There’s a final showdown with The Anaconda, but Lalouche takes up the cry, “For country, mail, and Geneviève!”

However, despite all Lalouche’s surprising success, stationery stores with envelopes and stamps still make him sad. The happy ending turns that all around and makes the reader think about what success really means.

So, it’s all a charming story. There are even photos in the back and an author’s note that French boxing was actually like that – where speed and agility could win out over muscle and bulk.

But what makes this book over-the-top wonderful are the cut-out illustrations by Sophie Blackall. (Well, okay, and the way the story is perfectly paced to match them.) They have amazing attention to detail and wonderfully give the feel of nineteenth-century France. Let me strongly encourage you to check out this book and look at the pictures yourself. I have little doubt you’ll be charmed as well.

I am going to feature this book in a “Family Storytime” at the library. It’s too much fun to keep to myself.

For country, mail, and Geneviève!

matthewolshan.com
sophieblackall.com
randomhouse.com/kids

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Find this review on Sonderbooks at: www.sonderbooks.com/Picture_Books/mighty_lalouche.html

Disclosure: I am an Amazon Affiliate, and will earn a small percentage if you order a book on Amazon after clicking through from my site.

Source: This review is based on a library book from Fairfax County Public Library.

Disclaimer: I am a professional librarian, but I maintain my website and blogs on my own time. The views expressed are solely my own, and in no way represent the official views of my employer or of any committee or group of which I am part.

Review of Let Go Now, by Karen Casey

Friday, October 18th, 2013

Let Go Now

Embracing Detachment

by Karen Casey

Conari Press, 2010. 232 pages.
Starred Review

I’ve been reading this book, slowly, a little at a time, often pausing to post quotes on Sonderquotes, for more than a year. I started reading it as a library book, but then when it was clear I was going to take ages, and that it is packed with good insights, I purchased my own copy.

There are 200 numbered meditations, with “Pause and reflect” pages after each ten meditations. All of the meditations are about detachment and letting go.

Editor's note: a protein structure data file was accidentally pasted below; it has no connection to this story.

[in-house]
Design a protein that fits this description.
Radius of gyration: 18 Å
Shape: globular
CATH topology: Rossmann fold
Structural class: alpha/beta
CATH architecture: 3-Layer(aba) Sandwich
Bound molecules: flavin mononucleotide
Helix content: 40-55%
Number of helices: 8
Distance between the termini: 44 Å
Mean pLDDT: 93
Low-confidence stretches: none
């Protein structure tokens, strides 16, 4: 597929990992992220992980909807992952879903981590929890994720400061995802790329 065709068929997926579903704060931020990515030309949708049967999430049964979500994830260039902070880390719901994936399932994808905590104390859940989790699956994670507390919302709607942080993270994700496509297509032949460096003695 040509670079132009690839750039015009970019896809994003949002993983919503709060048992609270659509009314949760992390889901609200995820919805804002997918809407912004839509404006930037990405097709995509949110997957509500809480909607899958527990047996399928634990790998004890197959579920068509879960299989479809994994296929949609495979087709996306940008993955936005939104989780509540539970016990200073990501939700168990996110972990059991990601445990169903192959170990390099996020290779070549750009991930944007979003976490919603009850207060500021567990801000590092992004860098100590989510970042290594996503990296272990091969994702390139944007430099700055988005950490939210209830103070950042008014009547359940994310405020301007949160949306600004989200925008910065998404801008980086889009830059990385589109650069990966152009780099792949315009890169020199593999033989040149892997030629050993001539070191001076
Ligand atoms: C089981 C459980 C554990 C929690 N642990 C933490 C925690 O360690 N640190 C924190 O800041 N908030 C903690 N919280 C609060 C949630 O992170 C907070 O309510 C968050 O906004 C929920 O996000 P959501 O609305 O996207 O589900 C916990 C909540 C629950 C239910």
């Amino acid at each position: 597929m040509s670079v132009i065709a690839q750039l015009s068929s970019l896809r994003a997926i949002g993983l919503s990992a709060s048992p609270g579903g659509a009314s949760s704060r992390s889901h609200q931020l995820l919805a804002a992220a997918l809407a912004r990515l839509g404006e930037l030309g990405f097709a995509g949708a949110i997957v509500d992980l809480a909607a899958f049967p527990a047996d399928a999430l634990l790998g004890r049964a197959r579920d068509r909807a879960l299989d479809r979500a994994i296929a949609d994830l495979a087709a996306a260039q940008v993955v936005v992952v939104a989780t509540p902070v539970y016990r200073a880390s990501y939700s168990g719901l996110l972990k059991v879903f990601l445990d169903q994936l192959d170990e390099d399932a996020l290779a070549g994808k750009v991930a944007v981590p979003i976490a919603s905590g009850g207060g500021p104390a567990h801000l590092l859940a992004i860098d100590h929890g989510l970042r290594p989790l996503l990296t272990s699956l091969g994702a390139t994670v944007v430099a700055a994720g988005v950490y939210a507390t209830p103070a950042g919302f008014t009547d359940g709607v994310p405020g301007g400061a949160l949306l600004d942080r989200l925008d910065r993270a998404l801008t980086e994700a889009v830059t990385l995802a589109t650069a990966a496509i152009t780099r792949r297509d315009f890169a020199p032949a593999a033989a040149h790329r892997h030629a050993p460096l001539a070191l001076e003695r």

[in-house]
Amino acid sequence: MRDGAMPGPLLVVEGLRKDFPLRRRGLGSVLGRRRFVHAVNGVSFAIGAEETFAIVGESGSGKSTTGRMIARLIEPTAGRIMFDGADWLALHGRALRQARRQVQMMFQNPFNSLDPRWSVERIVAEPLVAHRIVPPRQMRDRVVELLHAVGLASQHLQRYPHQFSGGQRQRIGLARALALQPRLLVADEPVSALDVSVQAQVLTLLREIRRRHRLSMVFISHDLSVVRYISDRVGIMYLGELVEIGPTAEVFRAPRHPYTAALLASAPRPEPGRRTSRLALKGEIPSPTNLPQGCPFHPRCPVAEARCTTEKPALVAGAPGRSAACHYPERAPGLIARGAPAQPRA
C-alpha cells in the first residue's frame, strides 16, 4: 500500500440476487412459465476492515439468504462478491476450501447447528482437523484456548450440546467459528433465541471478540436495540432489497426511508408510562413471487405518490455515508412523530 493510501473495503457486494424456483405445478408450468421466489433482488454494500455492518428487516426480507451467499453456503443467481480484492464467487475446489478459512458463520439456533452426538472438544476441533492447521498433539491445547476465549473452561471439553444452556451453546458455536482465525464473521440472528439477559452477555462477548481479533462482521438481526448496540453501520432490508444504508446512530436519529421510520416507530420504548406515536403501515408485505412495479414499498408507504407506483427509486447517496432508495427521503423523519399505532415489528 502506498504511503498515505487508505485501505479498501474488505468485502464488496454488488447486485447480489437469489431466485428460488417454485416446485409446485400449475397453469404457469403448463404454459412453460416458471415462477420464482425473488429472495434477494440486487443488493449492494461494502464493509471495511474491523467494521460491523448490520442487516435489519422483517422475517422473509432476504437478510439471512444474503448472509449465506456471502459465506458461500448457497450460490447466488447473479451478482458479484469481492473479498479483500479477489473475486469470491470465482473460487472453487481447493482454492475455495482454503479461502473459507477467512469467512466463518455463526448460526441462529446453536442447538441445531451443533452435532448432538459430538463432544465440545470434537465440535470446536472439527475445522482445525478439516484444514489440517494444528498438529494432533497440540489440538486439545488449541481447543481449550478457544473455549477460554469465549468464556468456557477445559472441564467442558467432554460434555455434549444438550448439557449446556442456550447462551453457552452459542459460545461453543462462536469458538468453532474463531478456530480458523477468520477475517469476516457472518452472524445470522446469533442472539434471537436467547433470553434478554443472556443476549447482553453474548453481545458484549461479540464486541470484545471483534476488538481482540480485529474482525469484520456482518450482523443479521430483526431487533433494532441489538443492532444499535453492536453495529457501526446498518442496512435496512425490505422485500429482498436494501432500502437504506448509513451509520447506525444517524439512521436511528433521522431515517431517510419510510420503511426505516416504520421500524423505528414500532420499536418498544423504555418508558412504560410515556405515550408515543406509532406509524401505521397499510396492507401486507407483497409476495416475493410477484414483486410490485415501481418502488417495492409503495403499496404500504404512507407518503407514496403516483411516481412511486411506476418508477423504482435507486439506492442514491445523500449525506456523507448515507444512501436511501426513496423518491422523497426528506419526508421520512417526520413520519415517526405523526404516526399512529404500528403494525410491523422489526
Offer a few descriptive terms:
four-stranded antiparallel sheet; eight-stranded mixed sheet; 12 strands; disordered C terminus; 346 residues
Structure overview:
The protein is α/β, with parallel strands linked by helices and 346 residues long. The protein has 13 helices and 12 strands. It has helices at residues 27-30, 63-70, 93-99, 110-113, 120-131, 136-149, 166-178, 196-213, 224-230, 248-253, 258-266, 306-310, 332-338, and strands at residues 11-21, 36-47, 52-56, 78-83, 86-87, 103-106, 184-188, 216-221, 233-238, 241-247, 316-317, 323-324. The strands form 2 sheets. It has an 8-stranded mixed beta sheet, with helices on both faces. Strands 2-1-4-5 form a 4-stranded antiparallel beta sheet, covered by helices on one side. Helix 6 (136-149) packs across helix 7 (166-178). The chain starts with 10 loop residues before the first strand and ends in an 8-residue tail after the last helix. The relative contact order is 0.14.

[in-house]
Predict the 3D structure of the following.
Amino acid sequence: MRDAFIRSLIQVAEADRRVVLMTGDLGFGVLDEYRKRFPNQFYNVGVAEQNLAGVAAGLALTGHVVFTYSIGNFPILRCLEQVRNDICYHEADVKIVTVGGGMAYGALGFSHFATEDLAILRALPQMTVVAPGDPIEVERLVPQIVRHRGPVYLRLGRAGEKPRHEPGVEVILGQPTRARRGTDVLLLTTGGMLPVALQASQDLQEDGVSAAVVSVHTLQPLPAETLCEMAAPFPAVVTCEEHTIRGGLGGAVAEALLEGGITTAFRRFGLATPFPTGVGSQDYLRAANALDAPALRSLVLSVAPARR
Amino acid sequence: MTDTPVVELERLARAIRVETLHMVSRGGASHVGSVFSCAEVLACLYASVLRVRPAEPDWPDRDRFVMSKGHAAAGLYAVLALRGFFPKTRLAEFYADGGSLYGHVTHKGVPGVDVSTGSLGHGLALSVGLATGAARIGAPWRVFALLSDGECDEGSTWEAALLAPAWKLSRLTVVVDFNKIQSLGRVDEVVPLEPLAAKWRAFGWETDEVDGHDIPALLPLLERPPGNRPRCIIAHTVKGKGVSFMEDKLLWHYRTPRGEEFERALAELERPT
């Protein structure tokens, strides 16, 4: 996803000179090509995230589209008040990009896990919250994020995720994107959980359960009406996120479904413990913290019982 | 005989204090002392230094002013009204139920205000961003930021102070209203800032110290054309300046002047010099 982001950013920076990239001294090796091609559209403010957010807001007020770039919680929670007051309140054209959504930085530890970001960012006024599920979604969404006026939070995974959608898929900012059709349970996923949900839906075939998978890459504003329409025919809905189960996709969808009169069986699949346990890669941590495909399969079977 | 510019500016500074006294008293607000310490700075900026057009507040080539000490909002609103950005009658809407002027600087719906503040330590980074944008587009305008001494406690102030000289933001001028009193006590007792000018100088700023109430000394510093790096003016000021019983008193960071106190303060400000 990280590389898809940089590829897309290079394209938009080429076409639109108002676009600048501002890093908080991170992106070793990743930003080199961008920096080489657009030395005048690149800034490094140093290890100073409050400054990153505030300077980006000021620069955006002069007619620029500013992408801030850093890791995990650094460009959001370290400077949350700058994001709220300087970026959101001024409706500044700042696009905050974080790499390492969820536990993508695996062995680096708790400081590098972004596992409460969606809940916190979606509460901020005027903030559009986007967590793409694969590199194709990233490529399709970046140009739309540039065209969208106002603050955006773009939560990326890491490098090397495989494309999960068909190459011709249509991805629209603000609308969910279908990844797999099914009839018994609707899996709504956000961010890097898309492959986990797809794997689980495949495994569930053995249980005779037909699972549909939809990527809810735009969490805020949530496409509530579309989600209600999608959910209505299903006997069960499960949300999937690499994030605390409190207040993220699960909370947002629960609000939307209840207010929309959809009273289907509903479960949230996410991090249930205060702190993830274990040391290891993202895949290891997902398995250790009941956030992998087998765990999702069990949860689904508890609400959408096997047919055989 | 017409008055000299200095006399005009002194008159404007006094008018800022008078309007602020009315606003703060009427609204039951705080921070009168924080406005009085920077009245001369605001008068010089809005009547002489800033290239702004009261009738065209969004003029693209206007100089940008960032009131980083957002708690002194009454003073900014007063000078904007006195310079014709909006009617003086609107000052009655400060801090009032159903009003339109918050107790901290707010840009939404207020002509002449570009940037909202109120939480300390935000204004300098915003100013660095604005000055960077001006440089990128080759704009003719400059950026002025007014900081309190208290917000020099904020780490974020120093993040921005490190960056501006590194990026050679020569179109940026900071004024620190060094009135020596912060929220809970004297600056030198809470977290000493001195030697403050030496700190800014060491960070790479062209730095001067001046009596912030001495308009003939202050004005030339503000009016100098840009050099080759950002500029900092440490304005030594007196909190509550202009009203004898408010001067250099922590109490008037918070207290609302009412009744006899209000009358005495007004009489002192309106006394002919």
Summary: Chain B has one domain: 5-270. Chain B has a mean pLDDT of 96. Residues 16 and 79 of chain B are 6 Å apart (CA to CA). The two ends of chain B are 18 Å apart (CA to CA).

I’m divorced, and I didn’t want to be divorced. It’s been a long time, but it’s still always good to get any and all encouragement to let go of that marriage, to detach. And what do you know, the advice is good in other areas, too. I’m a Mom whose kids are becoming adults. And it turns out that most situations that cause stress can be improved by letting go of something.

Why would you want to detach? I’ll let Karen Casey explain, from the Introduction:

To begin with, I think we have to cultivate our willingness to let go, that is, to detach from the trials and tribulations of our contemporaries if we want to find the quiet peace we long for, a peace that will allow us to truly love, to truly embrace, and to appreciate those who journey with us. In this process, we also give those companions the freedom to grow and to find their own way, thus their own eventual peace too. I don’t think we can come together as loving equals without embracing the willingness to detach.

We live very codependent lives, from my perspective. By this I mean that too many of us let even the whims of others — in our families, our communities, our workplaces, even in other parts of the world — define us, determine how we feel, and then decide what we will do next in many instances. Learning to detach allows us to live the life we were meant to live. By allowing other people’s behavior, good, bad, or disinterested, control us, we miss many opportunities for movement and expression in new directions. The converse is also true: if we attempt to control the other persons on our path, wherever they may reside, keeping them “attached” to us through any means (and most of us are very practiced at this), we immobilize them, thus preventing the growth they deserve and have been prepared for already.

Detachment isn’t easy. If it were, there would be no need for a book offering to help you develop the skills to do it. And it may not have appeared on your radar screen as something you wanted to cultivate prior to picking up this book. As was already noted, we are accustomed to being enmeshed with others, letting our lives be constantly influenced by their behavior. I am not suggesting that this influence is always bad; there are good influences, too, probably everyday. We can and do observe healthy “detached” behavior in some of our friends, and perhaps they showed up on our path to serve as our teachers. It’s not always easy to discern the “good” from the “bad,” however. It’s my intent for the meditations here to illustrate those behaviors we want to mimic and those we don’t.